A test to predict menopause?

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It’s a discovery that could be even more revolutionary than the Pill: a blood test that can predict decades in advance when women will hit menopause.

Doctors in Israel report a preliminary study that could someday help create such a test; the research will be presented on Monday at a European fertility conference in Rome, the AP reports:

The test does not predict when women will lose their fertility — which typically occurs about a decade before menopause — but if doctors know when women will go into menopause, they can calculate roughly when they will run out of eggs. Scientists say the test could be especially helpful in identifying women who might go into menopause early — in their late 40s or earlier instead of their mid-50s.

At the moment, there are few clues for doctors to tell which young women may be headed for early menopause. Blood tests and ovary scans only give women a few years’ advance notice.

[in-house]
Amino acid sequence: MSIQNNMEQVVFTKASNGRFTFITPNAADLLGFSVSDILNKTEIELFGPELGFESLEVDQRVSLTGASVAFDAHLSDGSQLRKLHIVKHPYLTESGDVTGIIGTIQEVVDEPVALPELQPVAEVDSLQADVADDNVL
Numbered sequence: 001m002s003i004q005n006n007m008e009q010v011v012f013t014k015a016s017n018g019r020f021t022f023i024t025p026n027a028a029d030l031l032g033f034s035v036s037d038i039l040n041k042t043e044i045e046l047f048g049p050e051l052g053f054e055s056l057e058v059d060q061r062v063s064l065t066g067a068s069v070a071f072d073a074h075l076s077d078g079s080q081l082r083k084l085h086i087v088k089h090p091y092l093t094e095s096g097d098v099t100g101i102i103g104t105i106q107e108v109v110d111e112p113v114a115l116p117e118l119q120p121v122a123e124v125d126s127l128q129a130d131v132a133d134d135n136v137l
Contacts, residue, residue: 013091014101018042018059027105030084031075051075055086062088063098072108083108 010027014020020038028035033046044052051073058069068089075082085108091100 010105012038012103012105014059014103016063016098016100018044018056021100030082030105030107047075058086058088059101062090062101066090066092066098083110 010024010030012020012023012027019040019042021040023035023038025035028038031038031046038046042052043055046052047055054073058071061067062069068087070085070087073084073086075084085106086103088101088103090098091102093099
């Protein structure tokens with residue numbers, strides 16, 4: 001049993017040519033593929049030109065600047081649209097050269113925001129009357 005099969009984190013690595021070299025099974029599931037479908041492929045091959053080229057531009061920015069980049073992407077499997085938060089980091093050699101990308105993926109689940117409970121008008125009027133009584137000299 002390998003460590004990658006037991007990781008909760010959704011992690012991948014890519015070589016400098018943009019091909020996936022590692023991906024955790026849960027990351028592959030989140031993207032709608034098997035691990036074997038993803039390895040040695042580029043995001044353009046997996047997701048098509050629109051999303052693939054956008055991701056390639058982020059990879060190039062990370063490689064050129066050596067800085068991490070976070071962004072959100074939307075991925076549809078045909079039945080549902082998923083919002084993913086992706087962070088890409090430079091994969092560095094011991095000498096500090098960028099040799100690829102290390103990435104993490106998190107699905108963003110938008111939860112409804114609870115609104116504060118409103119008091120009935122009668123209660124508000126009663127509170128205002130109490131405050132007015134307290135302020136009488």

“This is not something we could start rolling out tomorrow,” said William Ledger, a fertility expert at the University of Sheffield, who was not linked to the research. “But if it really does work, it could be immensely useful to young women who are making choices about whether to work or have a family.”

Over the six-year study, scientists periodically measured blood levels of anti-Mullerian Hormone, or AMH, in 266 women between the ages of 20 and 40. The hormone tells doctors how many eggs are left in the ovaries. Based on the amount of AMH the women had, scientists estimated when they would go into menopause. Of the 63 women in the study who entered menopause, the researchers said their predictions were accurate to within four months.

Read the entire AP story here.